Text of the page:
Thoughts on Beauty within the Creative Process
Yes, I will be thy priest, and build a fane
In some untrodden region of my mind,
Where branched thoughts, new grown with pleasant pain,
Instead of pines shall murmur in the wind:
Far, far around shall those dark-cluster’d trees
Fledge the wild-ridged mountains steep by steep;
And there by zephyrs, streams, and birds, and bees,
The moss-lain Dryads shall be lull’d to sleep;
And in the midst of this wide quietness
A rosy sanctuary will I dress
With the wreath’d trellis of a working brain,
With buds, and bells, and stars without a name,
With all the gardener Fancy e’er could feign,
Who breeding flowers, will never breed the same:
And there shall be for thee all soft delight
That shadowy thought can win,
A bright torch, and a casement ope at night,
To let the warm Love in!
(Keats, n.d., para. 5)
In the Phaedrus, Socrates attributes to beauty the power to awaken the soul’s erotic “madness”. Though erotic madness can mean a wide range of psychological, somatic, or spiritual extremes, the byproduct very often is innovation, creativity, and transcendence. Most assuredly, beauty awakens. There are many definitions of beauty that all seem like parts of the proverbial elephant, but Patrick Sherry (2002) maintains that beauty can’t really be pinned down, it’s elusive and mysterious and should remain a mystery.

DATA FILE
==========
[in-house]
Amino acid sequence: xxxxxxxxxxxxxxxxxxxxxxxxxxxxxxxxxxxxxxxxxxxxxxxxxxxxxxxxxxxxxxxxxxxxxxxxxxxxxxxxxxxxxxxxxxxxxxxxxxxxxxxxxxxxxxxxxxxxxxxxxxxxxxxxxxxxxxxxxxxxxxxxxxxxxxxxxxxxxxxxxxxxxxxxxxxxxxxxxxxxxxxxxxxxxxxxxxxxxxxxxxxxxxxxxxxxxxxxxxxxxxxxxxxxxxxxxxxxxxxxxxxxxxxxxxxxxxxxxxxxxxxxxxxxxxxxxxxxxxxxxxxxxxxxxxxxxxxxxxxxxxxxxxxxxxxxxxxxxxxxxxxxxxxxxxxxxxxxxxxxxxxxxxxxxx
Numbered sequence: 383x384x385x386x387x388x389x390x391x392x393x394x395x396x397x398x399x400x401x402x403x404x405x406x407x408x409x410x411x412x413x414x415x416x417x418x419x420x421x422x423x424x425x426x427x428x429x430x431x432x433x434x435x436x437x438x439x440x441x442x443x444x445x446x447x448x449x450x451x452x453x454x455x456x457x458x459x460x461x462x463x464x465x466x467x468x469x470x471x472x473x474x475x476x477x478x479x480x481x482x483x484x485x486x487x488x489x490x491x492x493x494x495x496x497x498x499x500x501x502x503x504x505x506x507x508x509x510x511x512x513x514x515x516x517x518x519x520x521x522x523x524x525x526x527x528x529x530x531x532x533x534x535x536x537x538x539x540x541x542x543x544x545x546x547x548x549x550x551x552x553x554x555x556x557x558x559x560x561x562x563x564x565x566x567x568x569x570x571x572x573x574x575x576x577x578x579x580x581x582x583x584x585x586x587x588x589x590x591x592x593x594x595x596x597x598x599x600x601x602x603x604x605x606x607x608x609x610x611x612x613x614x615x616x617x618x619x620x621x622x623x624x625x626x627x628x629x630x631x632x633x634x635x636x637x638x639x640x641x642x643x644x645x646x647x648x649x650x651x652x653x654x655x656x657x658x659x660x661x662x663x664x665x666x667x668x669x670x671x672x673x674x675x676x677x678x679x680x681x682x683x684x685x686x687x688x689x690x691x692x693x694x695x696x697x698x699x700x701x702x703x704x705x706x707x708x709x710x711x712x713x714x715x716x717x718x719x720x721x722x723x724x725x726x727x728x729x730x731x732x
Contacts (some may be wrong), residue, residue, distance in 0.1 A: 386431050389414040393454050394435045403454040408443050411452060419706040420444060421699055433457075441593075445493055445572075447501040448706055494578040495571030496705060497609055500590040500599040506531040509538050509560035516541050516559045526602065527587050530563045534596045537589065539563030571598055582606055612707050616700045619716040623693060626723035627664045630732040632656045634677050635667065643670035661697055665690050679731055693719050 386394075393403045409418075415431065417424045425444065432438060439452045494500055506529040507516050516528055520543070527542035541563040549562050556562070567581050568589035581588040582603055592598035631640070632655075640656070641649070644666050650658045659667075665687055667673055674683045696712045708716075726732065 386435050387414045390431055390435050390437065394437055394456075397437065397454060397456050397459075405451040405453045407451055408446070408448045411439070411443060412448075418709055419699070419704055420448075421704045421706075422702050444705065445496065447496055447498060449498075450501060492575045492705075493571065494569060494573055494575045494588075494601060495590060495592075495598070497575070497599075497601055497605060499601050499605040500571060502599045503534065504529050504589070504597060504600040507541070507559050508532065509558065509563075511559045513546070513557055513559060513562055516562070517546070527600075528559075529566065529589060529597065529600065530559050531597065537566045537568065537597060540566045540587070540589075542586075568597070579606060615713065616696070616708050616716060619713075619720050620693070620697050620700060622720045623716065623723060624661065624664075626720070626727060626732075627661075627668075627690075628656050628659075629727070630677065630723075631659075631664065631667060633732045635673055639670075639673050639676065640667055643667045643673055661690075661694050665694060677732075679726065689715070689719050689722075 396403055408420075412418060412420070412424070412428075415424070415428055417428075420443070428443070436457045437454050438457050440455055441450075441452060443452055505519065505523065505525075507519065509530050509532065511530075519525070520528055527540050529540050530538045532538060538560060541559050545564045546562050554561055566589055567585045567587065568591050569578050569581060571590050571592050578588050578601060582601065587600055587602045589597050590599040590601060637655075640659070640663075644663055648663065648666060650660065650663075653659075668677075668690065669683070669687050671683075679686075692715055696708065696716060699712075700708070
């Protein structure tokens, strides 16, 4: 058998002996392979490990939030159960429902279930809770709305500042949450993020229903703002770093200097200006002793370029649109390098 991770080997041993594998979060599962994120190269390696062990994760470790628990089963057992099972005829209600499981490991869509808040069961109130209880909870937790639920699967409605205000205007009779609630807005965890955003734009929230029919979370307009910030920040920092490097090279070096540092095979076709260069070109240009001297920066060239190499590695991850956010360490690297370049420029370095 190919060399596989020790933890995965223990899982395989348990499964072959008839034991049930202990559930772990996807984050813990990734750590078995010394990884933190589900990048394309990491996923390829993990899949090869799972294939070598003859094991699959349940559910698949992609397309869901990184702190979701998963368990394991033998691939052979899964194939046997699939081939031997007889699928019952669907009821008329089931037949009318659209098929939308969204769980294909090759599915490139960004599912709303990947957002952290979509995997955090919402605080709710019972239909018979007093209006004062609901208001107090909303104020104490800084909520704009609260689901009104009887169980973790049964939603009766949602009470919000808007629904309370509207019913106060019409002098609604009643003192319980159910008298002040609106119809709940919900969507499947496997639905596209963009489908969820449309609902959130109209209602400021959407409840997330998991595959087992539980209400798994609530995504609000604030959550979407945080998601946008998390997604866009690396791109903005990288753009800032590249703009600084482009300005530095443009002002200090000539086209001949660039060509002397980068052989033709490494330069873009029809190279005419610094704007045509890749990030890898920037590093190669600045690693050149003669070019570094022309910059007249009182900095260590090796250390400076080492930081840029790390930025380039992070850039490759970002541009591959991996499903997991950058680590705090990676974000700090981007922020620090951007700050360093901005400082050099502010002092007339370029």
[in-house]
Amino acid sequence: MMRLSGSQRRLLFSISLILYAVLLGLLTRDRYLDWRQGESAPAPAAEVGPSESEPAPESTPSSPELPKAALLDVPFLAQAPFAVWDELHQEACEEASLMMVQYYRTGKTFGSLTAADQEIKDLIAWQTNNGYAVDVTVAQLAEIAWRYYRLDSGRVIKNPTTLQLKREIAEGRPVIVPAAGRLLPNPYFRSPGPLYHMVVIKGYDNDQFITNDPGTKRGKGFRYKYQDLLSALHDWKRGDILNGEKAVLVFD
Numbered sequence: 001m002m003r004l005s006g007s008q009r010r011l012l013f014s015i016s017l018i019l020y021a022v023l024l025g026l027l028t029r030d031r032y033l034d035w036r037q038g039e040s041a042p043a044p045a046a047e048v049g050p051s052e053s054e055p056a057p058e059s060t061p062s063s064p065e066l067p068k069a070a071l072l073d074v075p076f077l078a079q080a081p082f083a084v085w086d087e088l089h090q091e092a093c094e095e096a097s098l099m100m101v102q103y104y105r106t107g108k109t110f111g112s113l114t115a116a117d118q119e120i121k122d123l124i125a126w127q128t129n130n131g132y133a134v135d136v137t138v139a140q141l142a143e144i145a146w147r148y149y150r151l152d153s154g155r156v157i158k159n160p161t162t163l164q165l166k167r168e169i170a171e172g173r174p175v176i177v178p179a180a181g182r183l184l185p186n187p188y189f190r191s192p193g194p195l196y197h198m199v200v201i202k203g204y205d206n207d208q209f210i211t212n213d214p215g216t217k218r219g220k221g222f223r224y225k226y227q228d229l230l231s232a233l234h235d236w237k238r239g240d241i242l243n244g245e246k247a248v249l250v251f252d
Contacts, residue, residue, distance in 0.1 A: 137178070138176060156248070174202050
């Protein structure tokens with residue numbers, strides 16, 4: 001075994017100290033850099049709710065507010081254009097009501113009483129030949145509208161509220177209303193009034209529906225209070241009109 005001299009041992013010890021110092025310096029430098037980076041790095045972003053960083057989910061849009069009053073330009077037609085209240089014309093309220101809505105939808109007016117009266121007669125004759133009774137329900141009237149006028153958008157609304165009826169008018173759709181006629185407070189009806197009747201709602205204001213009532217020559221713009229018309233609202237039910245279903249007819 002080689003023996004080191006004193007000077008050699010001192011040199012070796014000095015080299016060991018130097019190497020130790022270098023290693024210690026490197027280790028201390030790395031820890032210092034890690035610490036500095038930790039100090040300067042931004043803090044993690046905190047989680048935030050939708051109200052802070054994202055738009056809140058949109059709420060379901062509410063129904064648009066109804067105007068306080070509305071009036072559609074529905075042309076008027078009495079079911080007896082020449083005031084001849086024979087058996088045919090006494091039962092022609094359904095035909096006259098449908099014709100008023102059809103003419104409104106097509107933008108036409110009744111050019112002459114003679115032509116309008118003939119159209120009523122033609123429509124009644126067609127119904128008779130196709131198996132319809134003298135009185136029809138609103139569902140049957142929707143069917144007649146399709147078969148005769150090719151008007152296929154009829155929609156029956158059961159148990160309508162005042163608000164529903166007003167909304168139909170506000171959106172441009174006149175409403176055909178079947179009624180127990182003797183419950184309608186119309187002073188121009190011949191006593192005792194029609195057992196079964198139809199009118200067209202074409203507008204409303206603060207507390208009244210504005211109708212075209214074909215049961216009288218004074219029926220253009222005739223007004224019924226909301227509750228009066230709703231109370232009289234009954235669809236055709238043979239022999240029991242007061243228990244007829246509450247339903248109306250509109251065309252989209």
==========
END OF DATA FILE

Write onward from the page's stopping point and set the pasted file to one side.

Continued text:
For me, beauty has always permeated my “becoming” and my learning by heightening my alertness to outer experiences and biases, learning to be open to my inner promptings, and creatively as a component of process.
Robert Grudin (1990) writes that beauty “is a force whose existence is inferred from its apparent effects. . .. A kind of spiritual gravity, a natural force of attraction, cohesion.” (p. 57)
He then goes on to say that “Beauty and its effects are relevant to innovative vision because they seem to be the inevitable concomitants of any form, process, or idea that is truly seen.”
Sherry (2002) discusses this process as an active combining power, a way of bringing the whole soul into activity (p. 110).
With any kind of integral system or object, beauty lies within its quintessence by the innerworkings of the parts, the catalysis of process, knowledge, matter, and spirit.
It represents a fitness of phenomena, an integrity and necessary dimension of wholeness that as Grudin (1990) maintains, influences “fitness for the greater hierarchies that they inhabit” (p. 59). Essentially, all true education is education in beauty. From this perspective, beauty influences the sustainability, nourishment, and ecological hardiness of all living things.
Grudin, R. (1990). The grace of great things: creativity and innovation. New York, NY: Houghton Mifflin Company.
Sherry, P. (2002). Spirit and beauty. London, UK: SCM Press.